By organizing numerous events to support Happy Caravan and learning authentically about the realities of children in a refugee school, ISP students and faculty embraced this opportunity to come together as a community to do something good and stay true to the school’s mission statement, creating a change that is bigger than we are.
The most impactful experiences come from the visits to Happy Caravan by ISP students and teachers. Throughout this year during the breaks, ISP has sent four students and seven teachers to volunteer at Happy Caravan and are planning more trips in the upcoming months and next school year. As most of the students say when they return, this experience is nothing but life-changing.
One of the many reactions to the experience was a letter to the ISP community, written by Vivi, 11th grader who went on the trip:
Dear ISP community,
This letter is on behalf of all the little (and big) angels who live at the Thermopylae Refugee Camp in Lamia, Greece. Some have been there for two years and some arrived two days ago. Some are with their family and some have been left behind.
They know me as teeaacherrr (most often belted out with a huge smile and raised arms to be picked up) because most don’t remember my name or know how to pronounce it. But they remember my face, and that I’ll probably lift them up in my arms and give a big cuddle. They remember the apple pie rhyme I showed them the first day and they remember that I’ll spin them round and round like a helicopter. For them, teachers come and go, some volunteers stay for only a week like us and some have been there for a year. But they treat every single one of us like we’re their best friend and greet everyone with a massive smile and hug and kiss to the cheek.
I went on this trip to become a volunteer and help teach the refugee children English and Maths. But turns out, they did most of the teaching and I did most of the learning. Not only did we learn the skills needed to work with children of a traumatic past before departing (a skill which is unfortunately crucial for the upcoming teachers and leaders of the world as the crisis is affecting more and more people) but every moment I spent at the camp with the kids I learnt something.
When teaching them a hand trick I learnt that this was how they entertained themselves during the long days on their journey from Turkey to Greece by foot. I learnt that they all have a shining hope to go to Germany because they know it as the most prosperous land. I learnt that there are many different dialects of the languages they spoke and this limited their friendship groups. I learnt that if they offered us something to eat it was rude to refuse and even when they were going hungry they just wanted to share. I learnt that they don’t let their traumatic pasts define them and come to school with a smile of their face despite their situations. I leant that they miss their friends back home and the family they left behind. I realised they are the most resilient and strong people that I have ever met and probably will ever meet. I leant that they have hopes and dreams and aspirations just like any other student. They want to become doctors, architects, singers, teachers, and athletes and they have an everlasting desire to go to school (this is obvious by the continuous knocking of the students on the door wanting to be let in).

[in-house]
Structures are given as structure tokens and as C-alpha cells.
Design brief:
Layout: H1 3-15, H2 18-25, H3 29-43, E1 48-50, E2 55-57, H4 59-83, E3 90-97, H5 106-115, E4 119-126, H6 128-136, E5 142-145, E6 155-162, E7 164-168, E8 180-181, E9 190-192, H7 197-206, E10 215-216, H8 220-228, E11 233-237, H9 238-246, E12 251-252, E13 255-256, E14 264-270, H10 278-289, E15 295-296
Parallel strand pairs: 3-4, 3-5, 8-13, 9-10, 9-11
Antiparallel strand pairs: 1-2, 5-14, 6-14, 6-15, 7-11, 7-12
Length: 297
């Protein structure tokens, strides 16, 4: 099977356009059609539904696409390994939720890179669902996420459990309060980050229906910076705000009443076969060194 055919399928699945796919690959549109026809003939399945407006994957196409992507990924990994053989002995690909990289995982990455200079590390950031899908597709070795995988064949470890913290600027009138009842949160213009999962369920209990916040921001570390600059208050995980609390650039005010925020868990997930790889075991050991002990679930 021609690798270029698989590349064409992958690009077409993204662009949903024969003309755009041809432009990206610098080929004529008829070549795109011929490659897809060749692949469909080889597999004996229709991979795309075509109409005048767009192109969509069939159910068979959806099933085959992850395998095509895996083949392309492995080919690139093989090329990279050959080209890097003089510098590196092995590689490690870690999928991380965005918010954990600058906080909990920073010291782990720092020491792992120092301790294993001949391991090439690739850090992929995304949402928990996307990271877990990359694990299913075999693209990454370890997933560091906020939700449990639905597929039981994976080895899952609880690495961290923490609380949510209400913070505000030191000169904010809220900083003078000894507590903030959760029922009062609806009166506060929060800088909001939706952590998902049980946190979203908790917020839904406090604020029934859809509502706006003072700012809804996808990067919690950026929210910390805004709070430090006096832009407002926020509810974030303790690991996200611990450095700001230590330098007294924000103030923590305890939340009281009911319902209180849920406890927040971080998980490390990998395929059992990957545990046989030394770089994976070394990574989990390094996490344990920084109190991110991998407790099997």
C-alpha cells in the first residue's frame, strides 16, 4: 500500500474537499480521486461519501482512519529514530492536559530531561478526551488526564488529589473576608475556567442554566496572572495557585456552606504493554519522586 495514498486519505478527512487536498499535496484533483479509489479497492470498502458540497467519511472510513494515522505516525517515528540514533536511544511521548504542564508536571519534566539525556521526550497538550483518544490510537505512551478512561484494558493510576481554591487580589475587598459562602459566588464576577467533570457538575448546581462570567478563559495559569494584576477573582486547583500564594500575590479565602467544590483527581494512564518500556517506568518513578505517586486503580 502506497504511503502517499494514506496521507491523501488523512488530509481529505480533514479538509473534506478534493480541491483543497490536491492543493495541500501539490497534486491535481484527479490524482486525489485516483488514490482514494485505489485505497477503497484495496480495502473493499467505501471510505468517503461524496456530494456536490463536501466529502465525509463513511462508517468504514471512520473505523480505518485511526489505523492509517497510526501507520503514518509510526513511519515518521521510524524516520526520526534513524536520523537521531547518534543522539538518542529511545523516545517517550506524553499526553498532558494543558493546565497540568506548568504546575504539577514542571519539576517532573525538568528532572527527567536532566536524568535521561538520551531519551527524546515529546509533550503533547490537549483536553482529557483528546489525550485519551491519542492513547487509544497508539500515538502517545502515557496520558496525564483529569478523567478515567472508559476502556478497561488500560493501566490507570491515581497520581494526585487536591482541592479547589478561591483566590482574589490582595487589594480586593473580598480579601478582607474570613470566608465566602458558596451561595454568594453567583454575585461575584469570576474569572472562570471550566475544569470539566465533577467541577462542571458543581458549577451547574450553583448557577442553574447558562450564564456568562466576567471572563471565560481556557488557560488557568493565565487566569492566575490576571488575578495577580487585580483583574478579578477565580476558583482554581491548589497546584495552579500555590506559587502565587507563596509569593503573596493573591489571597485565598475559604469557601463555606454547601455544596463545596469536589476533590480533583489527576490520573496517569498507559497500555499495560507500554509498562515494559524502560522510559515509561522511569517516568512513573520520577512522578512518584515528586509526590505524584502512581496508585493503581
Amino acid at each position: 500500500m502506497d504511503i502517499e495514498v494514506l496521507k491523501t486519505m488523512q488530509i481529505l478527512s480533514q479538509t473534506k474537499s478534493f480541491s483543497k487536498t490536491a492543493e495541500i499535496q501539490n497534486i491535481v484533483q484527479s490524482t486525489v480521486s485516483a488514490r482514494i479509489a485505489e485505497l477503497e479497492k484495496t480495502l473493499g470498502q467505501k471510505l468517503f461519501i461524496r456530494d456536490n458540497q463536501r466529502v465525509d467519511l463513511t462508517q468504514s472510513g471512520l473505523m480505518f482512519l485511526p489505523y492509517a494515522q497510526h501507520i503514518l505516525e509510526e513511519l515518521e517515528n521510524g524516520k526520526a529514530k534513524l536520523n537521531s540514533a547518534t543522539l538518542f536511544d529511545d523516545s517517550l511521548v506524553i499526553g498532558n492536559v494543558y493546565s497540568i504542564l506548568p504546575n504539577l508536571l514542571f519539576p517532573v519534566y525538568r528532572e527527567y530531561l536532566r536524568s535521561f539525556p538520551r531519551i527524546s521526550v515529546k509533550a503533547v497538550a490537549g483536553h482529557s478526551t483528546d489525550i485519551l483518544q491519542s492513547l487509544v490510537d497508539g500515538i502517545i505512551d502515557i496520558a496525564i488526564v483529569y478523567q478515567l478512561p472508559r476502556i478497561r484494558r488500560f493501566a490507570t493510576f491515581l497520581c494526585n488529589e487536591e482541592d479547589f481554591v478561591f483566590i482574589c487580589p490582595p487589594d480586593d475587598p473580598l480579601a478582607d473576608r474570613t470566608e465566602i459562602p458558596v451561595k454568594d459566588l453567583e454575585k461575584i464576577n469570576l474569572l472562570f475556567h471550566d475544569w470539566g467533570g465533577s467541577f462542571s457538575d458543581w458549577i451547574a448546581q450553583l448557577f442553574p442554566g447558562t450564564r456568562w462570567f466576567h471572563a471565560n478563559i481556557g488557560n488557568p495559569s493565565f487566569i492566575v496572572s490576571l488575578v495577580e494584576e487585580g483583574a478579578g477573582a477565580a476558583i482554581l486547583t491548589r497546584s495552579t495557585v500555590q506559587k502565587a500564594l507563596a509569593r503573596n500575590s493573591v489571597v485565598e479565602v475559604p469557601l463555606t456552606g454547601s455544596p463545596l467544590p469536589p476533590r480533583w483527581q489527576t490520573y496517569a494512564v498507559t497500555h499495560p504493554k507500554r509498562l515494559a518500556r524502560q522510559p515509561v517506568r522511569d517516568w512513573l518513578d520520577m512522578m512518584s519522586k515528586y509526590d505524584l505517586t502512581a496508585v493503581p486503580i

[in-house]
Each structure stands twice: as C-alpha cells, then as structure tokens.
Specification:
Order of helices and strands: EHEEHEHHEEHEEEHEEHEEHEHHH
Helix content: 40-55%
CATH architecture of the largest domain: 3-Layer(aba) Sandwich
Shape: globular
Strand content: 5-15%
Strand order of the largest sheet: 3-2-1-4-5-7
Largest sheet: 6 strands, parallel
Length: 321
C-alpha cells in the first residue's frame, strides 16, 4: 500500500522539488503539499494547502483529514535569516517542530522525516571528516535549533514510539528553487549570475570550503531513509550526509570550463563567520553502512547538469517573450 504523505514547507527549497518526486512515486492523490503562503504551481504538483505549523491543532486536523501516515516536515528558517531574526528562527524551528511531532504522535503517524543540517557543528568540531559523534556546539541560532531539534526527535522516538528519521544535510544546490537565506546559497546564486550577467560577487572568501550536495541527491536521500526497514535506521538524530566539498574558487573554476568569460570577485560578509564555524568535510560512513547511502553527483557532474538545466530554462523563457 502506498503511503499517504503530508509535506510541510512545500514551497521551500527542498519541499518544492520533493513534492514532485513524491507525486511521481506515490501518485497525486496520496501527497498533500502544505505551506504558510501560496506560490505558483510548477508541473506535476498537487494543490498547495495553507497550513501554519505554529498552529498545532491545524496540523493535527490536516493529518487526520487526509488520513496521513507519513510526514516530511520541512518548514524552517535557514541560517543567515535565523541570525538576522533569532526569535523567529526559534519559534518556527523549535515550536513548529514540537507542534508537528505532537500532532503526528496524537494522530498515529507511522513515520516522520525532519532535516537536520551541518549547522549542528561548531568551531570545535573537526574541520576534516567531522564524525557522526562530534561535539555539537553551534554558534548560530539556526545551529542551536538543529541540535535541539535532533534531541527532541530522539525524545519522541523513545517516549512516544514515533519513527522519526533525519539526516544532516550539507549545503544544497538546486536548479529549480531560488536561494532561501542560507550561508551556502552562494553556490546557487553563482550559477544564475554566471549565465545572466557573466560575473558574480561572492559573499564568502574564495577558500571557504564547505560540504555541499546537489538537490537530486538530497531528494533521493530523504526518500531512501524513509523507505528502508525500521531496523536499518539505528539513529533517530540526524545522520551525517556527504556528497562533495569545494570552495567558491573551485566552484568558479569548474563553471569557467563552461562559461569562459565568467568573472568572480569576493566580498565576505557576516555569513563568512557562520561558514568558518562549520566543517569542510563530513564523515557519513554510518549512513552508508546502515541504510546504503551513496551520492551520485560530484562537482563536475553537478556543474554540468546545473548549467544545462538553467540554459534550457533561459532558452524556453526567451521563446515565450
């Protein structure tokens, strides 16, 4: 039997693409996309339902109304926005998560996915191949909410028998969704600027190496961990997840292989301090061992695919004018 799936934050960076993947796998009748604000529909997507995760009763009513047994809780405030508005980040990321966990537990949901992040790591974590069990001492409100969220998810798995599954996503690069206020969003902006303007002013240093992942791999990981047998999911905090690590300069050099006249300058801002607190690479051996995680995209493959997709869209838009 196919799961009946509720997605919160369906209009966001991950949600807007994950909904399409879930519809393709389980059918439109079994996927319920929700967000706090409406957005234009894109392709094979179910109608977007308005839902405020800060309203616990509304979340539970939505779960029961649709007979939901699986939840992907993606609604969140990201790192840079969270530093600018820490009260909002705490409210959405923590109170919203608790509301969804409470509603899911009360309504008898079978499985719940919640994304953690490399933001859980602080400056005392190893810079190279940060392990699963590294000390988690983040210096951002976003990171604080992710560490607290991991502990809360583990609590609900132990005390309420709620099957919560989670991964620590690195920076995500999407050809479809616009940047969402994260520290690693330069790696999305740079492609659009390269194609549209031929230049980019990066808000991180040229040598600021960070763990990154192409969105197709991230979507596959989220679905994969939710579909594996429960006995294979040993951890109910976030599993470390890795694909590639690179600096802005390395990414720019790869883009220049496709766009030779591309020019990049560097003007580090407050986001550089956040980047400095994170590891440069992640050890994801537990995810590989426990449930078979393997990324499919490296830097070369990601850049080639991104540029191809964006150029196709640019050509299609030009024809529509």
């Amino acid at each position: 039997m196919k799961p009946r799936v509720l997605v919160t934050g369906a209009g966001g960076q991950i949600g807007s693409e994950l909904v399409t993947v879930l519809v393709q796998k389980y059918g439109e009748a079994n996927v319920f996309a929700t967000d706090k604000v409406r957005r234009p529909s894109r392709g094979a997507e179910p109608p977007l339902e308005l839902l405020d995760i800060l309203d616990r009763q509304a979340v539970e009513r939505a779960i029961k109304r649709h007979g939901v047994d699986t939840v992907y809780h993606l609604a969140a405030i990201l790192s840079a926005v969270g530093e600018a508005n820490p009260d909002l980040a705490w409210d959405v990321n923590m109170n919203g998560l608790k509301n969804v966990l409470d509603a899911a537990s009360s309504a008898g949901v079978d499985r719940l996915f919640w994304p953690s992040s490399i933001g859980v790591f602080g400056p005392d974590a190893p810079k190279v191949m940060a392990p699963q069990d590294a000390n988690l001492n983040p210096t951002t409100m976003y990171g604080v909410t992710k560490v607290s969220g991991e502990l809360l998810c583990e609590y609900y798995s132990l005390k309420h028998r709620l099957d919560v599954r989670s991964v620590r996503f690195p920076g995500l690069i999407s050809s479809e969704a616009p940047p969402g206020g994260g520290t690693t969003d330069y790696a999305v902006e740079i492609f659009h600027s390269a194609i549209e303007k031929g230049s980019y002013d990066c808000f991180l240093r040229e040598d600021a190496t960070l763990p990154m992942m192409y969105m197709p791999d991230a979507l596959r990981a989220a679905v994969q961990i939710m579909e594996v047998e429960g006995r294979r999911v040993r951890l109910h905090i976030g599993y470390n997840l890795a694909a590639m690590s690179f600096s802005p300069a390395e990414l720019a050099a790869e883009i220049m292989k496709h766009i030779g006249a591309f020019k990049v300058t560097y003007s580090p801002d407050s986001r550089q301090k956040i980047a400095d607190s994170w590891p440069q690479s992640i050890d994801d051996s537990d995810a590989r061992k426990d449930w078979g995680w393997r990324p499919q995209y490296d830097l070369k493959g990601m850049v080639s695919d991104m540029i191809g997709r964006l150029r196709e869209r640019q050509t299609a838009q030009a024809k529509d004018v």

I learnt that, just like any other child, they get into fights and yell and pull hair and misbehave. That they’ll scream to get your attention and pout if they don’t get their way. But all it takes to make them happy is to give them a bit of your attention, speak softly and calmly, teach them something new, and make them feel loved.
As an international student who spent the majority of their childhood in a developing country (India) I’ve been aware of the refugee crisis as a global issue. At school teachers have shown us incredibly emotional and touching videos and stories, but it’s never sunk in until now. Until you hear the ten-year-old girl in a polka dot onesie sitting on your lap tell you that she walked from Turkey to the camp and is separated from some of her family. Until you hear her say that when she’s sad she wants her mum to give her a kiss but she doesn’t know where her mum is. All of the children have a story similar to this. Whether it’s the seventeen-year-old boy who is stuck behind in the camp whilst his family is in Germany because the judge won’t approve his papers or the two new Kurdish siblings who come to school with healing scabs around their mouth, massive blisters, and what seem like burn marks up their ankles. This trip really puts life into perspective; the way we live versus the way that they live. The negative stereotypes and connotations associated with them. Because now when I think of refugees I see the children’s eager faces to learn, their smiles and kisses and hugs, their tear stained faces when they fall down playing catch, and their cute little noses pressed up against the car window ready to greet us in the morning. I see their parents come to pick the kids up from school just like every other parent. Just like every parent at ISP.
Through this letter I want to show you why these kids deserve more. I want to show you how it doesn’t take much to make their lives that little bit better. The life that they deserve more of. Today you watched a video of me and the other students who went on this trip. You listened to our thoughts on our experiences and our thoughts on why we think you should experience it too. You even saw us surrounded by and cuddling the precious children of Happy Caravan and their never ending energy and smiles.
I’m not really sure how to form coherent and cohesive thoughts about my trip because it’s so much more than words could ever begin to describe.
Lots of love,